I think that inertia could move the firing pin forward with enough force if the gun impacted muzzle first. Anyone else want to weigh in on this? I know I’m going to check out my
1911 when I get home and see if this is possible. (No, I’m not going to throw it against the wall to find out!)
There's a grip safety AND a thumb safety. The grip safety, IIRC, is plastic or aluminum. I don't see how the MRI could simultaneously release the grip AND the thumb safety, AND cause the firing pin to move forward. All these moving parts are in different places and move in different directions . . . .
My guess is that either he had the hammer down on a round (very unsafe and unnecessary) and the hammer struck the primer when the pistol hit the wall of the MRI, or he just had an AD while fumbling with his pistol and is blaming it on the MRI.
I don't have my 1911A1 on me, so I don't remember if it has a hammer block like my Sig or my little Walther. But I think having the hammer down would bypass it even if it did have one.
I'm sure he does. Beware the man who only has one gun. He probably knows how to use it.
i was talking about PowderMonkey Glock from post 6.
Yeah, I read the complete story AFTER I posted (a bad habit). It seems the magnetic field disengaged the firing pin block and allowed the firing pin to strike the primer discharging the weapon.
This is not the fault of the officer. I have worked
in MRI environments-it is the technicians/nurses responsibility to deal with “prepping” the patient. Then
again, it could be that the tech was intimidated by the
big, bad gun that they weren’t sure what to do.
I don’t care how many safeties, ect are on a gun. When you have a gun vs an mri the mri will win everytime. Guns were not designed to withstand an mri environment.
I had had a piece of rust removed from my eye 15 years prior, they insisted on checking my eye with some sort of scope before allowing me to proceed w/ the MRI.
OK, admittedly one of the few incidents where a handgun got up on its own and tried to shoot somebody. ;-)
1911s don’t have hammer blocks. Some, like this one, have firing pin blocks that don’t allow the pin to travel unless they are moved out of the way by the action of the grip safety (none of mine do and I have over two dozen 1911s). After reading the story it appears that the magnetic field actuated the firing pin block and allowed the firing pin to set off the round, either through the action of the magnetic field or the impact of the weapon against the tube.
What do folks with stainless steel pins in their hands (like me) do? My knee injury predated MRIs.
I've heard you can get a CAT scan on 75% power.
I guess steel bridgework and pins or screws in your bones are a no-go, then?
ALL Colt 1991 1911's have the Series 80 firing pin safety pictured in red below.
The firearm cannot fire unless the trigger is pulled, the grip safety engaged to ALLOW the trigger to move, and the manual safety off.
Colt went through a HUGE liability case and this 'modification' to the design was the result.
I respectfully disagree.
The officer notified the technologist that he was carrying the weapon before entering the MR dressing room. The technologist told the officer to take the gun with him.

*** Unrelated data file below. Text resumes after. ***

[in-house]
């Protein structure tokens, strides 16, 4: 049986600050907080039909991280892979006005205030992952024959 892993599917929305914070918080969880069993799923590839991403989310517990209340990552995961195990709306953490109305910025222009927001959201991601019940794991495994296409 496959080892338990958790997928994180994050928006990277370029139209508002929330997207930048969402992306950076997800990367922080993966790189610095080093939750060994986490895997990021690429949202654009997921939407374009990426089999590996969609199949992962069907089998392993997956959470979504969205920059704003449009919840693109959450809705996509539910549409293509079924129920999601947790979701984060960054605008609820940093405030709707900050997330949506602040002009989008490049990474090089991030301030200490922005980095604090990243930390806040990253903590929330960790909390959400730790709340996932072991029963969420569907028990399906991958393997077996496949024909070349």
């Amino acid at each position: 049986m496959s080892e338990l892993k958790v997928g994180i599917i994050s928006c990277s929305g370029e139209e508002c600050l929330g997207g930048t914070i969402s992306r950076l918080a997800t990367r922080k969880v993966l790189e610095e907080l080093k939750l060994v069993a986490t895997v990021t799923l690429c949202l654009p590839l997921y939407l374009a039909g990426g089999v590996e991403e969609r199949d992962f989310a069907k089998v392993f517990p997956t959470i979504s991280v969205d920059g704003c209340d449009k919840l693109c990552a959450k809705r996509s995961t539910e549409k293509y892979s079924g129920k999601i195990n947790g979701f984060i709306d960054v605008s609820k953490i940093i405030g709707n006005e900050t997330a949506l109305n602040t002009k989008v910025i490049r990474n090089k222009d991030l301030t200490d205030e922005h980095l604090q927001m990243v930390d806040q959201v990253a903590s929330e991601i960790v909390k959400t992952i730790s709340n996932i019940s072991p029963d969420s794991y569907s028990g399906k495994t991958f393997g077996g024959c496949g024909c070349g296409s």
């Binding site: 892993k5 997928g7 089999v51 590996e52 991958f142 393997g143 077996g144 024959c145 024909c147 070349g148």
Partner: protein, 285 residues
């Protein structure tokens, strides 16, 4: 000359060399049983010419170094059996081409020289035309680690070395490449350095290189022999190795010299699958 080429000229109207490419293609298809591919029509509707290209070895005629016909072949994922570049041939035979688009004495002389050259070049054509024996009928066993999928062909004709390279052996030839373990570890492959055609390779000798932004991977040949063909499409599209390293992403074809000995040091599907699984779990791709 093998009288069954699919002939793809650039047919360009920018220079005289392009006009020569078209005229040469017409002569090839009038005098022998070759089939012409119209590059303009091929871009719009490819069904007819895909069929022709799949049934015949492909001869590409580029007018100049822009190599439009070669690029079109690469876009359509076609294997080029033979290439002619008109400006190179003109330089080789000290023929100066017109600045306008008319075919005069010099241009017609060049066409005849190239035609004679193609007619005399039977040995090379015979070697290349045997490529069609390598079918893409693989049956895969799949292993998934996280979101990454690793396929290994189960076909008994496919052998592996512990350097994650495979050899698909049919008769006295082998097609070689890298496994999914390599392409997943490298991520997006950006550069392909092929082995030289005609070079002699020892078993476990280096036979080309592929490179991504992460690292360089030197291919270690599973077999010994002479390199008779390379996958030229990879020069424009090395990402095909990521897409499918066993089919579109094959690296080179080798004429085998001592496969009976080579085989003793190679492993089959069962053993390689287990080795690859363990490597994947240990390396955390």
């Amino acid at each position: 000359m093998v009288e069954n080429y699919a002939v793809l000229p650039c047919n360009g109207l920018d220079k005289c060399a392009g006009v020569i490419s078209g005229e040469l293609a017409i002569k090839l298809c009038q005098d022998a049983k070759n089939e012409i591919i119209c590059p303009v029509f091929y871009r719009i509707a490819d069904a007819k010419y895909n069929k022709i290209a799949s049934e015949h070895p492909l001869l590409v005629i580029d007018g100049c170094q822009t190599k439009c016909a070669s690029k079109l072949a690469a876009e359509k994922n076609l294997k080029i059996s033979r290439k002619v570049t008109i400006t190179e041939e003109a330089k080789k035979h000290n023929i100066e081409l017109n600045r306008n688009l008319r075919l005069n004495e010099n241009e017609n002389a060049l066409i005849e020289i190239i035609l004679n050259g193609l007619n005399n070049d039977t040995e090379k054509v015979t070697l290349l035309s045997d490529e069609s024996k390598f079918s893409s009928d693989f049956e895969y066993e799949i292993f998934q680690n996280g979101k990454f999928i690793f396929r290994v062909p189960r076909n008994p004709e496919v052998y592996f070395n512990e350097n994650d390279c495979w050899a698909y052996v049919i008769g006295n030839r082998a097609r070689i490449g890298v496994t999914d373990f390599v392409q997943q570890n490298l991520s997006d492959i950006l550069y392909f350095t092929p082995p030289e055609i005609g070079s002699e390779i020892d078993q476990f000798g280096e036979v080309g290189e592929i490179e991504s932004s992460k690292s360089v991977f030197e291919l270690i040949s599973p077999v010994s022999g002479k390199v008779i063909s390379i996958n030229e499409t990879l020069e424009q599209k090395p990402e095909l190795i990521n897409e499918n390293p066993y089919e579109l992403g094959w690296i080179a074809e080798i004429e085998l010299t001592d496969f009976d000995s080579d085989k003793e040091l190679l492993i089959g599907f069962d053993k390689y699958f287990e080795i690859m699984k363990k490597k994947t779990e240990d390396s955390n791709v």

Unless you have experience with high-gauss fields / equipment, you are unlikely to appreciate their reach and power. The Officer informed the proper person who 'assumed' the Officer understood what was not clearly communicated. Fortunately only property damage and a good object lesson about assumptions!
Regardless of the firearm mechanics, safety on or off, an internal spark, caused by eddy currents generated by flying metal through that strong of a magnetic field and igniting the gunpowder within the round would cause me concern. Nothing explosive, especially surrounded by any type of conductor, should be near an MRI.
I’ve got a stent and a titanium/ceramic aortic valve. Both supposed to be non-magnetic.
Not sure if that prevents my having an MRI or not.
I’ve worked in the vicinity of machines but never closer than approx 15’-20’.
I can only imagine 1.5 teragauss.
The original design of the 1911 has a pin susceptible to it, but some designs today do not. The force needed to actually do that will vary based on the weight of the pin and the forces of any (if present) springs it has to overcome to do so.
I’m walking around with two Sirolimus-eluting coronary stents manufactured by Cordis. Great product. “Takes a lickin’ and keeps on tickin’!” Ahem...definately check with the manufacturer and your heart doc to make sure. Mine says it’s safe around MRI units with a mag strength of 3 Tesla or less, but I’m not going near the infernal thing without first checking with my doc. Don’t want the stents to do a replay of the clawing alien chest-burst scene.
IIRC the Singers are the most valuable vintage 1911s around. I don’t know much about 1911s (just don’t work for me - tried a Kimber and it just didnt fit), but I think that there were only about 500 Singers made.
One gun is nice, but I like carrying the "right tool for the job" and not all jobs are equal.
Another example of the ongoing degradation of English language skills by our so-called educational system. The correct term for someone who operates technical equipment is "technician". Sheesh...
Yes we do.
He does not use that one for day to day carry.
“My fathers 1940s vintage 1911 was made by the Singer sewing machine company.”
That thing is probably worth a fortune. The Singers are the most rare as I understand. I seen one listed in SGN that went for over $80,000 at auction.
I am carrying a fair amount of steel in my lower body (ex-motorcycle road racer).
I have had several MRIs with the steel in place.
The technicians take great care to make sure NOT to do the MRI on the actual body part with the steel in it (i.e. I go in head first and they do not let my legs actually go into the machine). But, I THINK the fact that everything is stainless steel (non-magnetic) provides a fair level of protection.
IN any case, I have never had a plate or screw come flying out through my flesh.
It still sounds like the cop was not listening to the technologist. He screwed up.
I think you should crawl back into your hole. How could the officer have known?